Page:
Calcium Interplay Important to Bone Health
By Rosalie Marion
April 24, 2002
Its no secret that the incidence
of bone fractures increases among the elderly. Adding to that concern, some
scientists theorize that high-protein diets may leach calcium from bone, itself
leading to bone loss. Now scientists funded by the
Agricultural Research Service have
released a three-year study suggesting that bone mineral density (BMD) may
actually benefit from high-protein diets--with one caveat. The high-protein
diet must also meet the recommended dietary allowance of calcium and vitamin D.
The researchers heading the study are with the
Calcium and Bone
Metabolism Laboratory at the Jean
Mayer USDA Human Nutrition Research Center on Aging at Tufts University in
The studys design, which looked at 342 men and women older than 65,
included prescreening the amount of calcium each consumed. Only those who did
not normally consume high amounts of calcium were chosen. In addition, the
study included only participants whose baseline BMD measurements proved average
for those over 65.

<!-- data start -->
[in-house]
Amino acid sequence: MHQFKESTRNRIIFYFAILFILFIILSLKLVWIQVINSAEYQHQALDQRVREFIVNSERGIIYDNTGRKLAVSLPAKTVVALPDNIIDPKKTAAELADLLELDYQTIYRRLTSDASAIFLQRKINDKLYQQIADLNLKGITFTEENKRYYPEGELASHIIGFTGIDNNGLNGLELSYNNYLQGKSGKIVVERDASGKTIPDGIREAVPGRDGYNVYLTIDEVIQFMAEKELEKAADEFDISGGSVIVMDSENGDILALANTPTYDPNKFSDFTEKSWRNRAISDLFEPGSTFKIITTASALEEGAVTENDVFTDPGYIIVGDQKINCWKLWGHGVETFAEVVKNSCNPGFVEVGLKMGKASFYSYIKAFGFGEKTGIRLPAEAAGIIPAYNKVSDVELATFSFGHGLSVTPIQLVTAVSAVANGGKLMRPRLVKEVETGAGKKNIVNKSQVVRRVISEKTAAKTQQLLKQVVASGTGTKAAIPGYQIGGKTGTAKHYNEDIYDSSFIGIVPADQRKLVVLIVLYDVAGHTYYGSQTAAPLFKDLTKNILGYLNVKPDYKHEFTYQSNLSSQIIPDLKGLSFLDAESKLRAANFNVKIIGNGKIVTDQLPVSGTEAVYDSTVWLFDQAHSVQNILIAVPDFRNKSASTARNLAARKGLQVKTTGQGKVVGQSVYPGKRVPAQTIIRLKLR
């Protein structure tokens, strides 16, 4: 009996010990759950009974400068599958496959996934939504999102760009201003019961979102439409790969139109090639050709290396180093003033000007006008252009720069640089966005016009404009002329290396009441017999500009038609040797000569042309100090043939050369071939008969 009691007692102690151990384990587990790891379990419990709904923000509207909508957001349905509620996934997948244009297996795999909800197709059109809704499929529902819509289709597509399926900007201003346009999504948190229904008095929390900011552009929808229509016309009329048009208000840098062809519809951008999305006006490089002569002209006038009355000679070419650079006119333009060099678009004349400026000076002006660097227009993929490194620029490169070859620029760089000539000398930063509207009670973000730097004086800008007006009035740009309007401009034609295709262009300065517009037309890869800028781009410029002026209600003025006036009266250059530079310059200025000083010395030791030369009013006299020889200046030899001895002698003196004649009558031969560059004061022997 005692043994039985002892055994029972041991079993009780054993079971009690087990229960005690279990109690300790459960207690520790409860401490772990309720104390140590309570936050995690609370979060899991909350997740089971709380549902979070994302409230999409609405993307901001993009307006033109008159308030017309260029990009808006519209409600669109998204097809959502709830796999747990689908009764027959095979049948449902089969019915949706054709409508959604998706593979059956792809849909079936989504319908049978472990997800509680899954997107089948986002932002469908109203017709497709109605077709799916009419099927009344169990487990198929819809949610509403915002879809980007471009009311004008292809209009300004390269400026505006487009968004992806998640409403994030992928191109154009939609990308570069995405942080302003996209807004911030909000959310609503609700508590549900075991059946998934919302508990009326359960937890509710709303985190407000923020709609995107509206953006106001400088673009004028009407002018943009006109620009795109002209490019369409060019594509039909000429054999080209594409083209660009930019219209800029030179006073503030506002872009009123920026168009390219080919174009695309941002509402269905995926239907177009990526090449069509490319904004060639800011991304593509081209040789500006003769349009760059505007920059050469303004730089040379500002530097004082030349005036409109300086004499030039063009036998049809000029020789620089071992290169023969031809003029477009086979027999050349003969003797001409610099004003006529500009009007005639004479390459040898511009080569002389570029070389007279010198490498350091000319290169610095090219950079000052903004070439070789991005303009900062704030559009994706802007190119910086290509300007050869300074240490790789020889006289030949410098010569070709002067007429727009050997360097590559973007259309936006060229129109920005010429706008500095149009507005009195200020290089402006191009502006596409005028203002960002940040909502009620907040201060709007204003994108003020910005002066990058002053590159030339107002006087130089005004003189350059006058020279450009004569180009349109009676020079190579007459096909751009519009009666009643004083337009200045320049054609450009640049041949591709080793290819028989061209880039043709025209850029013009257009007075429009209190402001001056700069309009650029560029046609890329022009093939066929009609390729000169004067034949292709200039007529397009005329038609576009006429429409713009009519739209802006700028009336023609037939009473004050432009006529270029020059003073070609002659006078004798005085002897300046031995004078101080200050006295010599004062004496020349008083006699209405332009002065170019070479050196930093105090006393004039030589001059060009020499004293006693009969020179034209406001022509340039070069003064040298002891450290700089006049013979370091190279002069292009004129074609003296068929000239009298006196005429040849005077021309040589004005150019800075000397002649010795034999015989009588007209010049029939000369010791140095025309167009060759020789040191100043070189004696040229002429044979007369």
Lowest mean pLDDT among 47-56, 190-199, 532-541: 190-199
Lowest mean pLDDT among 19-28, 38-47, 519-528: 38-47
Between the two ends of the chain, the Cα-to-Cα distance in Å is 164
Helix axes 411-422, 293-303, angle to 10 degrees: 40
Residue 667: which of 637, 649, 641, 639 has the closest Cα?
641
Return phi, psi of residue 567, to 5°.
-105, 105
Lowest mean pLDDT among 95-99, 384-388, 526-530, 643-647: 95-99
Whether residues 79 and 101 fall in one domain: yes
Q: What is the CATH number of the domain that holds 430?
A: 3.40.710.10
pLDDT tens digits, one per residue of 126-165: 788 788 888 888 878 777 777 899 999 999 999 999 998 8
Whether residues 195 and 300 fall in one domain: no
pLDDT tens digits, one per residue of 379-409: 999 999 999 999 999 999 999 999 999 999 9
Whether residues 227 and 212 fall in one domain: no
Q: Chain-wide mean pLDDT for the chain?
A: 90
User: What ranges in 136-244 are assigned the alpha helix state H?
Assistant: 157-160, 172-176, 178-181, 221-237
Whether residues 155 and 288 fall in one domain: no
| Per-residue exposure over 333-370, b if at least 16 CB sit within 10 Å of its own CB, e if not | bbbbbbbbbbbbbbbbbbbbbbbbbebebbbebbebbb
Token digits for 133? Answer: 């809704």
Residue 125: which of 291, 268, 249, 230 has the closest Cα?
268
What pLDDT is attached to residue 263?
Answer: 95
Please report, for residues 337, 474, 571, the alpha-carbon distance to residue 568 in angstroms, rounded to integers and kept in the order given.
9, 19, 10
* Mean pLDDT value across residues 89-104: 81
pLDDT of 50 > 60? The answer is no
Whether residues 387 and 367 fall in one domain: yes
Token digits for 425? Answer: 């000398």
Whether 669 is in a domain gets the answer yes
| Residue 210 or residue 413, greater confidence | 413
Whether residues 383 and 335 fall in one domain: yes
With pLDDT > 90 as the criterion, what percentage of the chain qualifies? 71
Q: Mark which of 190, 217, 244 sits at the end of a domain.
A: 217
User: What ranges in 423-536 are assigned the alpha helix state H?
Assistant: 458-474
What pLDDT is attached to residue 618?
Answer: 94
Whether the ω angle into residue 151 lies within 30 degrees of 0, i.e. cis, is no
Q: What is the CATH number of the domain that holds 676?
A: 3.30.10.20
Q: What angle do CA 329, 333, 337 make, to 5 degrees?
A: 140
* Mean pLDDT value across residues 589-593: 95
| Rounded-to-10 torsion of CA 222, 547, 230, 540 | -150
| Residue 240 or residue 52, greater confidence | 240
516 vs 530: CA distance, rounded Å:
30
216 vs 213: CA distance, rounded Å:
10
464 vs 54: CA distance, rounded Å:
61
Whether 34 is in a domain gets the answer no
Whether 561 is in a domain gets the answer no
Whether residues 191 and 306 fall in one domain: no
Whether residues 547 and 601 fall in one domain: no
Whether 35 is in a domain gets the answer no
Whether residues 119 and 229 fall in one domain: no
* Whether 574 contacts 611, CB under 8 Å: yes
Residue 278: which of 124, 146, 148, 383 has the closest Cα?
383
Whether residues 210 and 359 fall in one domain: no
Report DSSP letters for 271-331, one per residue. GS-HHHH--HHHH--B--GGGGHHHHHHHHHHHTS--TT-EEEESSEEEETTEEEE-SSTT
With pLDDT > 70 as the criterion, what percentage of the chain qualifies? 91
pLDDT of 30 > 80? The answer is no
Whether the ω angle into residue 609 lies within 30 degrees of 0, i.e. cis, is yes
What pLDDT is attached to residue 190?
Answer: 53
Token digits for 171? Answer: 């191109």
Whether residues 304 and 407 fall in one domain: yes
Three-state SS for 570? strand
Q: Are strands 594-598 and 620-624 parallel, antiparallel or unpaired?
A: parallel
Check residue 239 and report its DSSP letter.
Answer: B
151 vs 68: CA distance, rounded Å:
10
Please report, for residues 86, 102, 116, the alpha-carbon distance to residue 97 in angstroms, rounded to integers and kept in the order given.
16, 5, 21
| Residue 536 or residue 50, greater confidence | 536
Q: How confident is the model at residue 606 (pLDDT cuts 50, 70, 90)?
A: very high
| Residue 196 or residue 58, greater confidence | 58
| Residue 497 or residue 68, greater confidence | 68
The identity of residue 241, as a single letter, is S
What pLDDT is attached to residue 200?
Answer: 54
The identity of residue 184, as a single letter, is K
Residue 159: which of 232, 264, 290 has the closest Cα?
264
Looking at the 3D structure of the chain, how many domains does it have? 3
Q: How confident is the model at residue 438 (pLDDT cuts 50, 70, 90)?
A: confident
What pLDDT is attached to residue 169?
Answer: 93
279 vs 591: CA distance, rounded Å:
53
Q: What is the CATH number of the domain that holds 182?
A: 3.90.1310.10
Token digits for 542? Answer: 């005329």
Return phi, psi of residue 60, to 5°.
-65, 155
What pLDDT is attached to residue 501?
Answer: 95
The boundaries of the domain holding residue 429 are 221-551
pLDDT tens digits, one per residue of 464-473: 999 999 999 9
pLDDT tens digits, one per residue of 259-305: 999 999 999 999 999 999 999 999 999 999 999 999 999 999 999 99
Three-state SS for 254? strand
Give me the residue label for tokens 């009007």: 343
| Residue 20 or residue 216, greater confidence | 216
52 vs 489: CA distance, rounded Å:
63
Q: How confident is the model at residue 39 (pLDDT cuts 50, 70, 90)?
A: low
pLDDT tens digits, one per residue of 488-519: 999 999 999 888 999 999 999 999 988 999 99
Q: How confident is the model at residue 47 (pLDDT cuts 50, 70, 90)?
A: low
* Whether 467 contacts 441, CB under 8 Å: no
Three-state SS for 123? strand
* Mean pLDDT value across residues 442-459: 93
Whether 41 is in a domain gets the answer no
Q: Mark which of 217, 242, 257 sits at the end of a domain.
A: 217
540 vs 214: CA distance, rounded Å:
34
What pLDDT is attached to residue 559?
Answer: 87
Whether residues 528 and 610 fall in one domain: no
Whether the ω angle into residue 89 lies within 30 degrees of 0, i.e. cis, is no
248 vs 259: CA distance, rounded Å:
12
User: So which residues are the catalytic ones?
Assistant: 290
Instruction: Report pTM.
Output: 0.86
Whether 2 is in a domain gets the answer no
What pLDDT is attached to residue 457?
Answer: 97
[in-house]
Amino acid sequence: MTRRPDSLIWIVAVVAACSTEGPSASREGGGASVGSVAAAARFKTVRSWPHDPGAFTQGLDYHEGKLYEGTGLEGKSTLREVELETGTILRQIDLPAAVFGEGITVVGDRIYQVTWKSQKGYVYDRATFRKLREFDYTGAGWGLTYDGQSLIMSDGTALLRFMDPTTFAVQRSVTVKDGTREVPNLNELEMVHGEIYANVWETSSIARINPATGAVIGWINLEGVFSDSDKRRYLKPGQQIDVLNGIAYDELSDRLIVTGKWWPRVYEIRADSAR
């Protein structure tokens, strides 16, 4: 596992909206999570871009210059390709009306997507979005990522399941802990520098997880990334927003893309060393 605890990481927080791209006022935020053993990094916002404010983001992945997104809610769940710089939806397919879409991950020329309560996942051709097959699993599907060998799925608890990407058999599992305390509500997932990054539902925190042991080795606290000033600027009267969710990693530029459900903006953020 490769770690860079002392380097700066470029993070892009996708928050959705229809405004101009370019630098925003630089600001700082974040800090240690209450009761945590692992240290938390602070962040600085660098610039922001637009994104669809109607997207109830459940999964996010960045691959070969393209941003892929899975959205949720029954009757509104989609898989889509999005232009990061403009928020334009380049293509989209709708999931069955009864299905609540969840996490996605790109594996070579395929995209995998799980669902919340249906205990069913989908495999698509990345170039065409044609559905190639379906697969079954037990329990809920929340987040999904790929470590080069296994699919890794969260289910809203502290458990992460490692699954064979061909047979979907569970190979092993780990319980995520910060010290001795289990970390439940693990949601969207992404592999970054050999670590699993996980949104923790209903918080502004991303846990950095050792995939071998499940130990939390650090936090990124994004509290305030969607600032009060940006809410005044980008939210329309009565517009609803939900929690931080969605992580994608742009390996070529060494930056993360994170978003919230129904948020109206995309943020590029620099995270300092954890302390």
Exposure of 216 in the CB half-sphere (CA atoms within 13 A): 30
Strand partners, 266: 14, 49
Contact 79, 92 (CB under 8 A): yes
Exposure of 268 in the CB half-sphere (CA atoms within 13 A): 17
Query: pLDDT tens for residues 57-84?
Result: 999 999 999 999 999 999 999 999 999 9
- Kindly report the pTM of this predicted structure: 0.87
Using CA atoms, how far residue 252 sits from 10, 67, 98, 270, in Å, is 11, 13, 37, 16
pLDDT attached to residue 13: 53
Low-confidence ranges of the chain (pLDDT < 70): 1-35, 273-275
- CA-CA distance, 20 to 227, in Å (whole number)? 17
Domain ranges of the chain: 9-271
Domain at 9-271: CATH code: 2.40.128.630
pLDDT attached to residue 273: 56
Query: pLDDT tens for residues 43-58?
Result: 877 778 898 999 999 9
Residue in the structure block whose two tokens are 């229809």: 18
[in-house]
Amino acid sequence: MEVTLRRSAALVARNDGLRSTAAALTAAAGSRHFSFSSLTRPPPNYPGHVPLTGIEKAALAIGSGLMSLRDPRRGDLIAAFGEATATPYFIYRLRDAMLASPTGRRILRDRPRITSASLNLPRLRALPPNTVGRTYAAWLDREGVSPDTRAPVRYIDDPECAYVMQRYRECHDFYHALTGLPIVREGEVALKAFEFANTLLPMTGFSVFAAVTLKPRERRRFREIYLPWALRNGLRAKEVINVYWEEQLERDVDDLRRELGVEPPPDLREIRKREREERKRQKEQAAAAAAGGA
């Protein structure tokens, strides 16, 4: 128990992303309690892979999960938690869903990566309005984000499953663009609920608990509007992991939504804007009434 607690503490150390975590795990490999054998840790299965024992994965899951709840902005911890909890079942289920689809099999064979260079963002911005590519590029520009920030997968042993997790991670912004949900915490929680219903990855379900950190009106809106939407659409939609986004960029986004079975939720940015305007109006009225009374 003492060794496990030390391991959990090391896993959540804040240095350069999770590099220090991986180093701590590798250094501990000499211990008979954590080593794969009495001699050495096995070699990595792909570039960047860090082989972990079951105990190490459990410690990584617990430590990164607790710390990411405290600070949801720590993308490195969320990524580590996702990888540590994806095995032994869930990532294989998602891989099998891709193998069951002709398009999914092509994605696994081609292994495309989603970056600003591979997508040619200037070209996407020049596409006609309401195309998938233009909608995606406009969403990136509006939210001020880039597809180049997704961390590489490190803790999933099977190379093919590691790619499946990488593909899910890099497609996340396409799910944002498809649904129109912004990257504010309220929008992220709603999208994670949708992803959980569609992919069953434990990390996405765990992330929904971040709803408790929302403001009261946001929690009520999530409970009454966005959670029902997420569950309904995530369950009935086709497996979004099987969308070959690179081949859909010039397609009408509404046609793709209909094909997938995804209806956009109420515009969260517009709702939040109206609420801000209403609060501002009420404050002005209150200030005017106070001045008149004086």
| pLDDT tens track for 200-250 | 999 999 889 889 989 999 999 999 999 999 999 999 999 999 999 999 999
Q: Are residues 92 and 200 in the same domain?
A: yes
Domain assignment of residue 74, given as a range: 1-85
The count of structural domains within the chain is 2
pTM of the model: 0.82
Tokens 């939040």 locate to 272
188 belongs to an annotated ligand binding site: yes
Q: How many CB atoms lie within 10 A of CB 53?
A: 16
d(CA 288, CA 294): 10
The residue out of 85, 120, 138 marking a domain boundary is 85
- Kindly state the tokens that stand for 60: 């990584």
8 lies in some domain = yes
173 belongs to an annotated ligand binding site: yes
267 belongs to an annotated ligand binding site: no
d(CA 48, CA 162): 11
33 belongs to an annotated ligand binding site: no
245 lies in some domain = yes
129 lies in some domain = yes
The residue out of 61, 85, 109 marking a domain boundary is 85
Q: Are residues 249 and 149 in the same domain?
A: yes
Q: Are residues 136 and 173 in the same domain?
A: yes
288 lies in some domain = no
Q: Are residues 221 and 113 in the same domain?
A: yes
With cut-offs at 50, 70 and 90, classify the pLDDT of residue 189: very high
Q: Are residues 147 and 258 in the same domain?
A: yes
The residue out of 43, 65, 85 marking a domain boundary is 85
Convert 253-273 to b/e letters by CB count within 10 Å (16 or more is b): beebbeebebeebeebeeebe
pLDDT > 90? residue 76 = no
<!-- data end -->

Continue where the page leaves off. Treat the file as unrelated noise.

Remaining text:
The researchers supplemented half the participants with 500 milligrams (mg)
of calcium and 700 International Units of vitamin D daily. The other half were
given placebos. Halfway through the study, dietary intakes of protein, calcium,
vitamin D and other nutrients were assessed using a self-administered, but
staff-monitored, food-frequency questionnaire. The results showed the mean
protein intake for all participants was 79 grams per day. For the calcium- and
vitamin D-supplemented group, the mean daily calcium intake was 1,346 mg per
day. For the placebo group, calcium intake was just 871 mg per day--well below
the recommended 1,200 mgs daily for those over 50.
The participants were tested every six months--six times total--for BMD. The
study, published in Aprils "American
Journal of Clinical Nutrition," showed that a high-protein diet had
favorable effects on bone density in the calcium-supplemented group, but not in
the unsupplemented group. This suggests that the calcium worked synergistically
with the protein to mitigate bone loss. The researchers agree the report proves
more research is needed in this area.
ARS is the U.S. Department of
Agricultures chief scientific research agency.